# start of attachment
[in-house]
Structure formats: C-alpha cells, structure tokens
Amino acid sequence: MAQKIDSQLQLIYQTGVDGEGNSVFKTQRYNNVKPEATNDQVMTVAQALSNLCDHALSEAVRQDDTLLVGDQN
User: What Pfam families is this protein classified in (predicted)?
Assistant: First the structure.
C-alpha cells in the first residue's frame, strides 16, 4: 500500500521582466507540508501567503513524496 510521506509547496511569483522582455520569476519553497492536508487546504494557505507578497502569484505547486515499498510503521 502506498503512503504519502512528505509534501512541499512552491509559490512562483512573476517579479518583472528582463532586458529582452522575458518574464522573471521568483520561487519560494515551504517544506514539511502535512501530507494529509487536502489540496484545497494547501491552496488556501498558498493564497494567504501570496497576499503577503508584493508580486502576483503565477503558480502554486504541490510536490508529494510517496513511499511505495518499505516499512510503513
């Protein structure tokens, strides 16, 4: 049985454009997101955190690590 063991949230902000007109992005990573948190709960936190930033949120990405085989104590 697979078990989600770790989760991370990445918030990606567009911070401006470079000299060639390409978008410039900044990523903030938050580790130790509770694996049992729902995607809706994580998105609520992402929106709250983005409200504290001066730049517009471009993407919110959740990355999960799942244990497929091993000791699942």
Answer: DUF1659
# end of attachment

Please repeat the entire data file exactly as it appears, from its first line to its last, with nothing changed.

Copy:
[in-house]
Structure formats: C-alpha cells, structure tokens
Amino acid sequence: MAQKIDSQLQLIYQTGVDGEGNSVFKTQRYNNVKPEATNDQVMTVAQALSNLCDHALSEAVRQDDTLLVGDQN
User: What Pfam families is this protein classified in (predicted)?
Assistant: First the structure.
C-alpha cells in the first residue's frame, strides 16, 4: 500500500521582466507540508501567503513524496 510521506509547496511569483522582455520569476519553497492536508487546504494557505507578497502569484505547486515499498510503521 502506498503512503504519502512528505509534501512541499512552491509559490512562483512573476517579479518583472528582463532586458529582452522575458518574464522573471521568483520561487519560494515551504517544506514539511502535512501530507494529509487536502489540496484545497494547501491552496488556501498558498493564497494567504501570496497576499503577503508584493508580486502576483503565477503558480502554486504541490510536490508529494510517496513511499511505495518499505516499512510503513
């Protein structure tokens, strides 16, 4: 049985454009997101955190690590 063991949230902000007109992005990573948190709960936190930033949120990405085989104590 697979078990989600770790989760991370990445918030990606567009911070401006470079000299060639390409978008410039900044990523903030938050580790130790509770694996049992729902995607809706994580998105609520992402929106709250983005409200504290001066730049517009471009993407919110959740990355999960799942244990497929091993000791699942």
Answer: DUF1659